STAFF BLOG COMPASS POINTS WITH BRAD DOKKEN DNR plans aerial deer, elk surveys in northwest Minnesota
This past weekends blizzard should be good news for wildlife crews from the Department of Natural Resources, who are planning to conduct helicopter deer surveys in parts of northwest Minnesota and els... Posted on 1/14/13 at 11:42 AM
OUTDOORS WITH SAM COOK Hunters: Don't shoot research bears
Hunters participating in this falls bear hunt, which opens Wednesday, should avoid shooting radio-collared or ear-tagged bears, say Minnesota Department of Natural Resources wildlife officials.
It is... Posted on 8/31/10 at 2:26 PM
Last winter, almost all of the deer in the study made extensive movements, mostly to wintering areas with thicker cover. This year, the collared deer didn’t move much at all, and no mortality has been recorded.
According to Bill Jensen, big game biologist for Game and Fish in Bismarck, a helicopter crew trapped and fitted VHF radio-collars on the 40 adult does in late February. The study area is located in deer hunting Unit 2C and covers about 500 square miles, Jensen said. Most of the research area is in Walsh County, although it also dips into Grand Forks County, he said.
According to Dr. Michelle Carstensen, wildlife health program coordinator for the Minnesota Department of Natural Resources, the deer — eight does and one buck — are in a farmland-forest transition zone. The study aims to learn more about where the deer spend their time and how their habitat preferences change throughout the year.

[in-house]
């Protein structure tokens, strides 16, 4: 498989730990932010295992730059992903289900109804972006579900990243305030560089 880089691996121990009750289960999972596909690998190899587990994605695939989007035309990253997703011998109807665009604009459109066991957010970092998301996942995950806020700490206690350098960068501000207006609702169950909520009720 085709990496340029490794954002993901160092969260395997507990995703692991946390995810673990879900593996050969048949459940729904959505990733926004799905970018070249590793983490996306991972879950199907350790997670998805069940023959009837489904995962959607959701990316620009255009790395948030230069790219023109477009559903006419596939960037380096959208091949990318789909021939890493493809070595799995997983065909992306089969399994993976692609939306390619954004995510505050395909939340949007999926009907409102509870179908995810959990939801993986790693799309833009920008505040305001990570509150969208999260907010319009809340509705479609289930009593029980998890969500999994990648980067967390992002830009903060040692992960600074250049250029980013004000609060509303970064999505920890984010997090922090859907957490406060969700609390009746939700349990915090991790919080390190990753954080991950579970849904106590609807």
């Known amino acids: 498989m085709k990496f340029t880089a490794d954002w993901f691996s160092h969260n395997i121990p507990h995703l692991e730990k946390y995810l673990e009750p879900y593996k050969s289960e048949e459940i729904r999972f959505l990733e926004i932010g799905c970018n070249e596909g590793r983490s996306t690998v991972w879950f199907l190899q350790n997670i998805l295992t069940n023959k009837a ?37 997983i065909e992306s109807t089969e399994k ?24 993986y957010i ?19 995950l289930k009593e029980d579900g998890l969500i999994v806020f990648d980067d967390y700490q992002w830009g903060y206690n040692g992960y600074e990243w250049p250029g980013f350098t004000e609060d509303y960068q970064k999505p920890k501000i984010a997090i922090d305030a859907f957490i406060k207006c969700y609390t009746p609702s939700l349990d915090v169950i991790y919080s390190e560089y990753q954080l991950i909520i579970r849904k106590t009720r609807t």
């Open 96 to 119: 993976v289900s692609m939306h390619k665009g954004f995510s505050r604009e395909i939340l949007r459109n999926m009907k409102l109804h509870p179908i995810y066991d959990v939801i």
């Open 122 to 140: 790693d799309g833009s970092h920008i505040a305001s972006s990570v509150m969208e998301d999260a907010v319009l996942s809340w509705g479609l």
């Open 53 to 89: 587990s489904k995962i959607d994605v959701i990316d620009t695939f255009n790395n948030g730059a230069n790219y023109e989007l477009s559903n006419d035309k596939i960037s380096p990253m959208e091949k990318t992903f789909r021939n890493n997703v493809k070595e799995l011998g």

According to Jay Huseby, wildlife director for the Red Lake Band of Chippewa, the grant will allow the tribe to purchase 10 GPS collars to track timber wolves on tribal lands and learn more about the types of habitat they prefer.
The DNR and the University of Minnesota are partnering on the pilot study in an effort to learn more about the movements of deer in an area with a mix of farmland and forested habitat. The 140-square-mile area near Fourtown and Grygla, Minn., is similar to the core of a minor bovine tuberculosis outbreak that occurred in 2005 near Skime, Minn., a few miles to the north.
A helicopter crew last February captured 50 whitetail does in south-central North Dakota and fitted them with the radio-collars as part of a study to learn more about deer survival, deer mortality and harvest rates.
As part of the study, a helicopter crew will capture 18 deer — 12 does and six bucks — from the air and transport them to a nearby handling site where the animals will be fitted with radiocollars. The collars, which cost about $2,500 each, will record the animals’ locations every 90 minutes and relay the data by satellite to the research team each week.
From bears with GPS collars to walleyes with colored tags, several studies are under way across the region
Sometimes — much of the time, actually — the work is fodder for student research that eventually will become a master’s or doctoral thesis. Other times, it’s just an effort to learn more about why fish and wildlife respond to the natural world the way they do.
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